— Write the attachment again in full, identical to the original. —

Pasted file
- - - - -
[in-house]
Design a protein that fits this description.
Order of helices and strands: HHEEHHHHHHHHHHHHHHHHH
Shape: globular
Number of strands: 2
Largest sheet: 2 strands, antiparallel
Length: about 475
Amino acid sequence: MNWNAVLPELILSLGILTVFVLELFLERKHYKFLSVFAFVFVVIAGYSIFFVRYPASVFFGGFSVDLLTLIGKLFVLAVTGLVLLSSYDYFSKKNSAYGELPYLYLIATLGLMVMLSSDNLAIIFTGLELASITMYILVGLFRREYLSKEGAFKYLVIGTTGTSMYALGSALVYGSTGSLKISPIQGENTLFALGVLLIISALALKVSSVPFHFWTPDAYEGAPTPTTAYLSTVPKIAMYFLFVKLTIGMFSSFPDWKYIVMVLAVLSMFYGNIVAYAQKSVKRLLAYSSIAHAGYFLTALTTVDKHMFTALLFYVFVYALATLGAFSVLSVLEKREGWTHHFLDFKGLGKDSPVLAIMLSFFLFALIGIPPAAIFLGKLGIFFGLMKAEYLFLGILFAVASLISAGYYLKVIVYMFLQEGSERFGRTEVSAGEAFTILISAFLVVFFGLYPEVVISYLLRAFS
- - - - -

[in-house]
Design a protein that fits this description.
Order of helices and strands: HHEEHHHHHHHHHHHHHHHHH
Shape: globular
Number of strands: 2
Largest sheet: 2 strands, antiparallel
Length: about 475
Amino acid sequence: MNWNAVLPELILSLGILTVFVLELFLERKHYKFLSVFAFVFVVIAGYSIFFVRYPASVFFGGFSVDLLTLIGKLFVLAVTGLVLLSSYDYFSKKNSAYGELPYLYLIATLGLMVMLSSDNLAIIFTGLELASITMYILVGLFRREYLSKEGAFKYLVIGTTGTSMYALGSALVYGSTGSLKISPIQGENTLFALGVLLIISALALKVSSVPFHFWTPDAYEGAPTPTTAYLSTVPKIAMYFLFVKLTIGMFSSFPDWKYIVMVLAVLSMFYGNIVAYAQKSVKRLLAYSSIAHAGYFLTALTTVDKHMFTALLFYVFVYALATLGAFSVLSVLEKREGWTHHFLDFKGLGKDSPVLAIMLSFFLFALIGIPPAAIFLGKLGIFFGLMKAEYLFLGILFAVASLISAGYYLKVIVYMFLQEGSERFGRTEVSAGEAFTILISAFLVVFFGLYPEVVISYLLRAFS